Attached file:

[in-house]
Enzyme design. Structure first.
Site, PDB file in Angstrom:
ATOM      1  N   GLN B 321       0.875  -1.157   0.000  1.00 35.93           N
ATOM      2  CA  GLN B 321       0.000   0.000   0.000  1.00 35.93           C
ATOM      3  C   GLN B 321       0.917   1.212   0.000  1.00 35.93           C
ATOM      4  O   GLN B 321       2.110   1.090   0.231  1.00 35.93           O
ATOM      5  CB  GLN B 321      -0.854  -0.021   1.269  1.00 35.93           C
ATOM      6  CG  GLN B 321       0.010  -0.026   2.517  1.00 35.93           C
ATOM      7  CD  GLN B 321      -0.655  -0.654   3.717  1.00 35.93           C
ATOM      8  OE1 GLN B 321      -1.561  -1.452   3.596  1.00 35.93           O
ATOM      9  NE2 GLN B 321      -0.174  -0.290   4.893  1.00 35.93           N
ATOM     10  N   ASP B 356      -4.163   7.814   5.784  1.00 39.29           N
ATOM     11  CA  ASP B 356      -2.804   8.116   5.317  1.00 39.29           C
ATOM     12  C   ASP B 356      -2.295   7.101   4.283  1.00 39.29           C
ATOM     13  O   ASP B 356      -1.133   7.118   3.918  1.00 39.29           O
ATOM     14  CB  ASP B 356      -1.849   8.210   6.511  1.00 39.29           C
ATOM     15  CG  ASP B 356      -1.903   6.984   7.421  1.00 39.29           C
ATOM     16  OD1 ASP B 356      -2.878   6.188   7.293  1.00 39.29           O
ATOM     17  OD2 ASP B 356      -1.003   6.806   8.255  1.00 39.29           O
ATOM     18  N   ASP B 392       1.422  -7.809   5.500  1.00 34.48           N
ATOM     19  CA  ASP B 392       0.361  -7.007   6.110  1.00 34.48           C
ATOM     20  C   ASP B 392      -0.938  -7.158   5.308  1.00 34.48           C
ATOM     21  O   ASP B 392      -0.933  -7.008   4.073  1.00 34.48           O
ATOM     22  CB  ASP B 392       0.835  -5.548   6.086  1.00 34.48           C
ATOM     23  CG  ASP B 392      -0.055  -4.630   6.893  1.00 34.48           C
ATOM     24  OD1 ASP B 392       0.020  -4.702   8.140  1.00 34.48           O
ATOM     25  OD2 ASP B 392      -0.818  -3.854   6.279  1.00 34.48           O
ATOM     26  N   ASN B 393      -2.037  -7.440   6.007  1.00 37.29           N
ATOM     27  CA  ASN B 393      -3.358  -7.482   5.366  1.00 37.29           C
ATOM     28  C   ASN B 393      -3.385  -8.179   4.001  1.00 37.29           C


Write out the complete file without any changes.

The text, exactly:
[in-house]
Enzyme design. Structure first.
Site, PDB file in Angstrom:
ATOM      1  N   GLN B 321       0.875  -1.157   0.000  1.00 35.93           N
ATOM      2  CA  GLN B 321       0.000   0.000   0.000  1.00 35.93           C
ATOM      3  C   GLN B 321       0.917   1.212   0.000  1.00 35.93           C
ATOM      4  O   GLN B 321       2.110   1.090   0.231  1.00 35.93           O
ATOM      5  CB  GLN B 321      -0.854  -0.021   1.269  1.00 35.93           C
ATOM      6  CG  GLN B 321       0.010  -0.026   2.517  1.00 35.93           C
ATOM      7  CD  GLN B 321      -0.655  -0.654   3.717  1.00 35.93           C
ATOM      8  OE1 GLN B 321      -1.561  -1.452   3.596  1.00 35.93           O
ATOM      9  NE2 GLN B 321      -0.174  -0.290   4.893  1.00 35.93           N
ATOM     10  N   ASP B 356      -4.163   7.814   5.784  1.00 39.29           N
ATOM     11  CA  ASP B 356      -2.804   8.116   5.317  1.00 39.29           C
ATOM     12  C   ASP B 356      -2.295   7.101   4.283  1.00 39.29           C
ATOM     13  O   ASP B 356      -1.133   7.118   3.918  1.00 39.29           O
ATOM     14  CB  ASP B 356      -1.849   8.210   6.511  1.00 39.29           C
ATOM     15  CG  ASP B 356      -1.903   6.984   7.421  1.00 39.29           C
ATOM     16  OD1 ASP B 356      -2.878   6.188   7.293  1.00 39.29           O
ATOM     17  OD2 ASP B 356      -1.003   6.806   8.255  1.00 39.29           O
ATOM     18  N   ASP B 392       1.422  -7.809   5.500  1.00 34.48           N
ATOM     19  CA  ASP B 392       0.361  -7.007   6.110  1.00 34.48           C
ATOM     20  C   ASP B 392      -0.938  -7.158   5.308  1.00 34.48           C
ATOM     21  O   ASP B 392      -0.933  -7.008   4.073  1.00 34.48           O
ATOM     22  CB  ASP B 392       0.835  -5.548   6.086  1.00 34.48           C
ATOM     23  CG  ASP B 392      -0.055  -4.630   6.893  1.00 34.48           C
ATOM     24  OD1 ASP B 392       0.020  -4.702   8.140  1.00 34.48           O
ATOM     25  OD2 ASP B 392      -0.818  -3.854   6.279  1.00 34.48           O
ATOM     26  N   ASN B 393      -2.037  -7.440   6.007  1.00 37.29           N
ATOM     27  CA  ASN B 393      -3.358  -7.482   5.366  1.00 37.29           C
ATOM     28  C   ASN B 393      -3.385  -8.179   4.001  1.00 37.29           C